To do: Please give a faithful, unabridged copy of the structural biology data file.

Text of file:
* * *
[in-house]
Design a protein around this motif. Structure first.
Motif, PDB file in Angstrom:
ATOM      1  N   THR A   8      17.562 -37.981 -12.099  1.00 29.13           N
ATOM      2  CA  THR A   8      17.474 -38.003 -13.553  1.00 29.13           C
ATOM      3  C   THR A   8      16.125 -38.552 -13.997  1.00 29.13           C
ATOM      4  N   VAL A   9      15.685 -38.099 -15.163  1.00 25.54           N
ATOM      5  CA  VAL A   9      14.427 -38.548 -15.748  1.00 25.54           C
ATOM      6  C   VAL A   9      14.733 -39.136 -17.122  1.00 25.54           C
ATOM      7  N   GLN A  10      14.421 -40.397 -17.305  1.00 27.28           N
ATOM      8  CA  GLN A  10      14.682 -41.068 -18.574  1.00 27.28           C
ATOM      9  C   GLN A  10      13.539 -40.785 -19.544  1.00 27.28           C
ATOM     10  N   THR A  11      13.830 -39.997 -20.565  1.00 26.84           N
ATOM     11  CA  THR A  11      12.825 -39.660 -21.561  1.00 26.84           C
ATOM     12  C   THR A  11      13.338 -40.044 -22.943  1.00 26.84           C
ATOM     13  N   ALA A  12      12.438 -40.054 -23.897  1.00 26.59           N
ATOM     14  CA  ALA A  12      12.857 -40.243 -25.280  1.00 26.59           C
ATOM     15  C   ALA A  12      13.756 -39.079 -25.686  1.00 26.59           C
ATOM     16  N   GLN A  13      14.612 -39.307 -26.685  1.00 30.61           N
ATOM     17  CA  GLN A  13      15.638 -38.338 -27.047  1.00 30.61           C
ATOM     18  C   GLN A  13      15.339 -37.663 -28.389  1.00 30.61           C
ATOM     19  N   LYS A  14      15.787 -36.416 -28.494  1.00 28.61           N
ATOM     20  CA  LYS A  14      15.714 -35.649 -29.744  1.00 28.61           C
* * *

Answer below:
[in-house]
Design a protein around this motif. Structure first.
Motif, PDB file in Angstrom:
ATOM      1  N   THR A   8      17.562 -37.981 -12.099  1.00 29.13           N
ATOM      2  CA  THR A   8      17.474 -38.003 -13.553  1.00 29.13           C
ATOM      3  C   THR A   8      16.125 -38.552 -13.997  1.00 29.13           C
ATOM      4  N   VAL A   9      15.685 -38.099 -15.163  1.00 25.54           N
ATOM      5  CA  VAL A   9      14.427 -38.548 -15.748  1.00 25.54           C
ATOM      6  C   VAL A   9      14.733 -39.136 -17.122  1.00 25.54           C
ATOM      7  N   GLN A  10      14.421 -40.397 -17.305  1.00 27.28           N
ATOM      8  CA  GLN A  10      14.682 -41.068 -18.574  1.00 27.28           C
ATOM      9  C   GLN A  10      13.539 -40.785 -19.544  1.00 27.28           C
ATOM     10  N   THR A  11      13.830 -39.997 -20.565  1.00 26.84           N
ATOM     11  CA  THR A  11      12.825 -39.660 -21.561  1.00 26.84           C
ATOM     12  C   THR A  11      13.338 -40.044 -22.943  1.00 26.84           C
ATOM     13  N   ALA A  12      12.438 -40.054 -23.897  1.00 26.59           N
ATOM     14  CA  ALA A  12      12.857 -40.243 -25.280  1.00 26.59           C
ATOM     15  C   ALA A  12      13.756 -39.079 -25.686  1.00 26.59           C
ATOM     16  N   GLN A  13      14.612 -39.307 -26.685  1.00 30.61           N
ATOM     17  CA  GLN A  13      15.638 -38.338 -27.047  1.00 30.61           C
ATOM     18  C   GLN A  13      15.339 -37.663 -28.389  1.00 30.61           C
ATOM     19  N   LYS A  14      15.787 -36.416 -28.494  1.00 28.61           N
ATOM     20  CA  LYS A  14      15.714 -35.649 -29.744  1.00 28.61           C